oddly, this is true for me too. I can get it to work in: Finder, iTunes, BBEdit 7.0, and Amadeus II for starters (I didn't test every app). I wonder what the difference is between how these and other apps implement their own "close" commands.

---
..:: Zeb ::..

zebellis.com



[ Reply to This | # ]
Closing minimized windows (CARBON?)
Authored by: a1291762 on Jun 18, '03 06:53:47PM

If it works on those apps, perhaps it relies on carbon?



[ Reply to This | # ]
Closing minimized windows (CARBON?)
Authored by: englabenny on Jun 18, '03 08:14:34PM

That seems to be the case.. No wonder apple hasn't got this funtion into a public release then..



[ Reply to This | # ]
Closing minimized windows (CARBON?)
Authored by: djLOKI on Jun 20, '03 04:14:02PM

OK I thought I'd spent the last 2 years a little too high or something, as I could have sworn there had been a "close" option in the Developer preview relseases, and I think that Jag preview had it also.

There was also a cool "yield" traffic sign that popped over the dock icon of an unresponsive application, and now that I think of it, you could choose to minimize applications to the dock or desktop.

Hey, anybody out there got a copy of the "old" music player, about DP3 release time or so? I'd like to get my hands on it.

TIA!



[ Reply to This | # ]
RE: Music Player
Authored by: cybergoober on Jun 20, '03 05:51:34PM

I tried to copy it off of the Public Beta onto a system running Jaguar. It didn't work.



[ Reply to This | # ]
RE: Music Player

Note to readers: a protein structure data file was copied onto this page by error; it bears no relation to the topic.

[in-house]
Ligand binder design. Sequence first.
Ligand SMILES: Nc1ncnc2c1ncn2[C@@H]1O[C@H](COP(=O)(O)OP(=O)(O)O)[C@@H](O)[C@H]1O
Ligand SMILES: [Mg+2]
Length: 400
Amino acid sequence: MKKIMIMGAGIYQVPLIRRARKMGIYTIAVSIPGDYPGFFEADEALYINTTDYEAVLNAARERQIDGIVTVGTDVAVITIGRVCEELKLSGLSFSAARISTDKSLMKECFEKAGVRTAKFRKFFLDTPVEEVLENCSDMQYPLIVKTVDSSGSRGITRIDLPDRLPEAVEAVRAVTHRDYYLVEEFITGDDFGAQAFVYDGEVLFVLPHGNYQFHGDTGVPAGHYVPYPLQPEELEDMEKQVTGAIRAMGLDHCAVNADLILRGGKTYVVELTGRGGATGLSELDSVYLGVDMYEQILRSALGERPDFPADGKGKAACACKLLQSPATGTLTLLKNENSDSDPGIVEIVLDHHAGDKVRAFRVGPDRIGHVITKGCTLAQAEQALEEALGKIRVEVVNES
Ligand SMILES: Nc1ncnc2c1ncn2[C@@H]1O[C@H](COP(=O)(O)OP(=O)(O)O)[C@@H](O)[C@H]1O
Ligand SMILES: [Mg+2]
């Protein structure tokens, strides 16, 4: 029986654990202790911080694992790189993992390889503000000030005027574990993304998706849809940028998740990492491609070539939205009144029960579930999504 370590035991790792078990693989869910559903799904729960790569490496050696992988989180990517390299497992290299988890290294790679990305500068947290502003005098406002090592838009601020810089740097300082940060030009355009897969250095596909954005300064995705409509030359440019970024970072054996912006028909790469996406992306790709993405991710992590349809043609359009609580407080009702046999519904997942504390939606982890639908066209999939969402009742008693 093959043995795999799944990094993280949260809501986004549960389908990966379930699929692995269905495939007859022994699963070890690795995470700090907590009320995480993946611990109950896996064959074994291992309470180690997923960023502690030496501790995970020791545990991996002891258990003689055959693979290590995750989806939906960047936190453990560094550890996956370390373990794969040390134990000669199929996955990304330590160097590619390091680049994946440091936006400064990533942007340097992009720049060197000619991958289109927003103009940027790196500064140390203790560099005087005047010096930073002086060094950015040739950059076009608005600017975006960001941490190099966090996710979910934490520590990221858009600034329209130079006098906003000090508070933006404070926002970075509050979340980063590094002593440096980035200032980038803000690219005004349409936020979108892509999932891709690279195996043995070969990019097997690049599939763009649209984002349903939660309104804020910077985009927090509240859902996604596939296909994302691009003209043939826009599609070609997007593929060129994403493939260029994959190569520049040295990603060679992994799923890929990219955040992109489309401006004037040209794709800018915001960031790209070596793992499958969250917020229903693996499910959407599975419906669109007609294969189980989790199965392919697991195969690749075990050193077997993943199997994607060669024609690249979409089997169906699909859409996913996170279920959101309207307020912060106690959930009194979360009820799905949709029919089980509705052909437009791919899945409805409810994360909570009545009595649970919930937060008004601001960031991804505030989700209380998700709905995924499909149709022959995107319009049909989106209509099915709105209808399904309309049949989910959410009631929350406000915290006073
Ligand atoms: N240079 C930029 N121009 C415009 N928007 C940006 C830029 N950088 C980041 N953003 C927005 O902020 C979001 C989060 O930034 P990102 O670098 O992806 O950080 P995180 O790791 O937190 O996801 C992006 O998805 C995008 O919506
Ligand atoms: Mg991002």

Authored by: djLOKI on Jun 27, '03 07:38:02AM

Bummer, I really liked that little player. Oh well, thanks for the reply!



[ Reply to This | # ]
Guess what's back in Black Cat!!
Authored by: djLOKI on Jun 27, '03 07:47:22AM

So I'm messing around with this 10.3 installation freshly "re"installed on my iBook 2003 Turbo SE. (Note I ended up installing twice, first time around was a trial as upgrading from 10.2.6, let's just hope that this feature is "fixed" for the final release as half my apps didn't work after the upgrade of a VERY vanilla starting point.) Installing as a new install worked fine...I degress.

Anyway, the "close" option is back in the dock contextual menu for everything I've tried so far, "Steel" finder windows and all!



[ Reply to This | # ]
User-specific changes
Authored by: benjaminpg on Jun 18, '03 12:28:14PM

Does any one know if I can modify the plist in MY user preferences folder, so it doesn't affect all users on the machine?

Thanks,
Benjamin



[ Reply to This | # ]
User-specific changes
Authored by: zeb on Jun 18, '03 01:44:26PM

I don't believe this is possible unless there were a way to have the Dock reference a file in the user's preferences folder which contains the commands instead of referencing the file burried in the System folder.



[ Reply to This | # ]
Use separate Dock apps for each user
Authored by: VRic on Jun 21, '03 03:39:14AM

This should work:

- remove Dock.app from its normal location (beware that future updates may try to update it there)
- duplicate it into each user's folder
- edit each user's Dock.app to fit their needs